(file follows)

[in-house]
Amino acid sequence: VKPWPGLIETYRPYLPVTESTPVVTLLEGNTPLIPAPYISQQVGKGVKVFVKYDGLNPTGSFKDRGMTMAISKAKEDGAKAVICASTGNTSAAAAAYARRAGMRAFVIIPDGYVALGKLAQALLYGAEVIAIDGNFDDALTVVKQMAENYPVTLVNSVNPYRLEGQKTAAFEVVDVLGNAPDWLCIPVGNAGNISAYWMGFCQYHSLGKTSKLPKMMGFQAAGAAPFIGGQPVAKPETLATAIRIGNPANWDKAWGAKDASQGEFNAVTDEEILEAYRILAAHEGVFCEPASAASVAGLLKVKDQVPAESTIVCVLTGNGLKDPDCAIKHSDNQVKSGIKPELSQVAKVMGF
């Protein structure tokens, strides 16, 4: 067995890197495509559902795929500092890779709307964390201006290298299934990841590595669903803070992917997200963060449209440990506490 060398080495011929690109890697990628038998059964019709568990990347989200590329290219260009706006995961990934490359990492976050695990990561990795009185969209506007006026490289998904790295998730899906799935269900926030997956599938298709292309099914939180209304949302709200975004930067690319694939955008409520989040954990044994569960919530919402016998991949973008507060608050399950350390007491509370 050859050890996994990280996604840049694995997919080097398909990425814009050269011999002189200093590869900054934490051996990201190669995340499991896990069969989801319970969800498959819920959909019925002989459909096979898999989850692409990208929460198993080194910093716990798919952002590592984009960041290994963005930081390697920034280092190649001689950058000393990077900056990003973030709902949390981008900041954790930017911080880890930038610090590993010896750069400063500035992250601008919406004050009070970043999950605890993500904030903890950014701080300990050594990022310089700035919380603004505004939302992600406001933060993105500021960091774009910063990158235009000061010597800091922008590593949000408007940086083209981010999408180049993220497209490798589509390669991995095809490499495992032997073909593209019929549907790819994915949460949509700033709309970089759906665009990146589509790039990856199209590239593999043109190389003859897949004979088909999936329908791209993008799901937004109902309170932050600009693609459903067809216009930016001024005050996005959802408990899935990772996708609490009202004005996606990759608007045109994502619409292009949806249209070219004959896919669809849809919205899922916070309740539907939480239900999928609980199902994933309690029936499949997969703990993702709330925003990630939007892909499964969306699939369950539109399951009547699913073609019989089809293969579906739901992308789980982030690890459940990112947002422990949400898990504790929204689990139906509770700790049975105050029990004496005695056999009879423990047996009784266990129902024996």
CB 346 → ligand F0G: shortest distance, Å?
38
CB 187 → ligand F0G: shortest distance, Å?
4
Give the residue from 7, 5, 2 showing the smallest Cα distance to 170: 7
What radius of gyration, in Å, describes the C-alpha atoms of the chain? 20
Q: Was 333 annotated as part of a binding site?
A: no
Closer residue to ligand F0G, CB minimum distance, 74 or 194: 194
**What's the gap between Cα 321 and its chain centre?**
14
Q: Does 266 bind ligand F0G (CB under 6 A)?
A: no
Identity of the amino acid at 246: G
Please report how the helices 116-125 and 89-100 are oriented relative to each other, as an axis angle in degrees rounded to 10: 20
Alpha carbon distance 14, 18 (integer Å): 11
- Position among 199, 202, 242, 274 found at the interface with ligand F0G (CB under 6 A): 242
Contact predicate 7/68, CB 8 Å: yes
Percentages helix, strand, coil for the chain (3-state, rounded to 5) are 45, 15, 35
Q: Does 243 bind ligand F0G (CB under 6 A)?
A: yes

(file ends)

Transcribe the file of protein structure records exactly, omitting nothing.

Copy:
[in-house]
Amino acid sequence: VKPWPGLIETYRPYLPVTESTPVVTLLEGNTPLIPAPYISQQVGKGVKVFVKYDGLNPTGSFKDRGMTMAISKAKEDGAKAVICASTGNTSAAAAAYARRAGMRAFVIIPDGYVALGKLAQALLYGAEVIAIDGNFDDALTVVKQMAENYPVTLVNSVNPYRLEGQKTAAFEVVDVLGNAPDWLCIPVGNAGNISAYWMGFCQYHSLGKTSKLPKMMGFQAAGAAPFIGGQPVAKPETLATAIRIGNPANWDKAWGAKDASQGEFNAVTDEEILEAYRILAAHEGVFCEPASAASVAGLLKVKDQVPAESTIVCVLTGNGLKDPDCAIKHSDNQVKSGIKPELSQVAKVMGF
């Protein structure tokens, strides 16, 4: 067995890197495509559902795929500092890779709307964390201006290298299934990841590595669903803070992917997200963060449209440990506490 060398080495011929690109890697990628038998059964019709568990990347989200590329290219260009706006995961990934490359990492976050695990990561990795009185969209506007006026490289998904790295998730899906799935269900926030997956599938298709292309099914939180209304949302709200975004930067690319694939955008409520989040954990044994569960919530919402016998991949973008507060608050399950350390007491509370 050859050890996994990280996604840049694995997919080097398909990425814009050269011999002189200093590869900054934490051996990201190669995340499991896990069969989801319970969800498959819920959909019925002989459909096979898999989850692409990208929460198993080194910093716990798919952002590592984009960041290994963005930081390697920034280092190649001689950058000393990077900056990003973030709902949390981008900041954790930017911080880890930038610090590993010896750069400063500035992250601008919406004050009070970043999950605890993500904030903890950014701080300990050594990022310089700035919380603004505004939302992600406001933060993105500021960091774009910063990158235009000061010597800091922008590593949000408007940086083209981010999408180049993220497209490798589509390669991995095809490499495992032997073909593209019929549907790819994915949460949509700033709309970089759906665009990146589509790039990856199209590239593999043109190389003859897949004979088909999936329908791209993008799901937004109902309170932050600009693609459903067809216009930016001024005050996005959802408990899935990772996708609490009202004005996606990759608007045109994502619409292009949806249209070219004959896919669809849809919205899922916070309740539907939480239900999928609980199902994933309690029936499949997969703990993702709330925003990630939007892909499964969306699939369950539109399951009547699913073609019989089809293969579906739901992308789980982030690890459940990112947002422990949400898990504790929204689990139906509770700790049975105050029990004496005695056999009879423990047996009784266990129902024996």
CB 346 → ligand F0G: shortest distance, Å?
38
CB 187 → ligand F0G: shortest distance, Å?
4
Give the residue from 7, 5, 2 showing the smallest Cα distance to 170: 7
What radius of gyration, in Å, describes the C-alpha atoms of the chain? 20
Q: Was 333 annotated as part of a binding site?
A: no
Closer residue to ligand F0G, CB minimum distance, 74 or 194: 194
**What's the gap between Cα 321 and its chain centre?**
14
Q: Does 266 bind ligand F0G (CB under 6 A)?
A: no
Identity of the amino acid at 246: G
Please report how the helices 116-125 and 89-100 are oriented relative to each other, as an axis angle in degrees rounded to 10: 20
Alpha carbon distance 14, 18 (integer Å): 11
- Position among 199, 202, 242, 274 found at the interface with ligand F0G (CB under 6 A): 242
Contact predicate 7/68, CB 8 Å: yes
Percentages helix, strand, coil for the chain (3-state, rounded to 5) are 45, 15, 35
Q: Does 243 bind ligand F0G (CB under 6 A)?
A: yes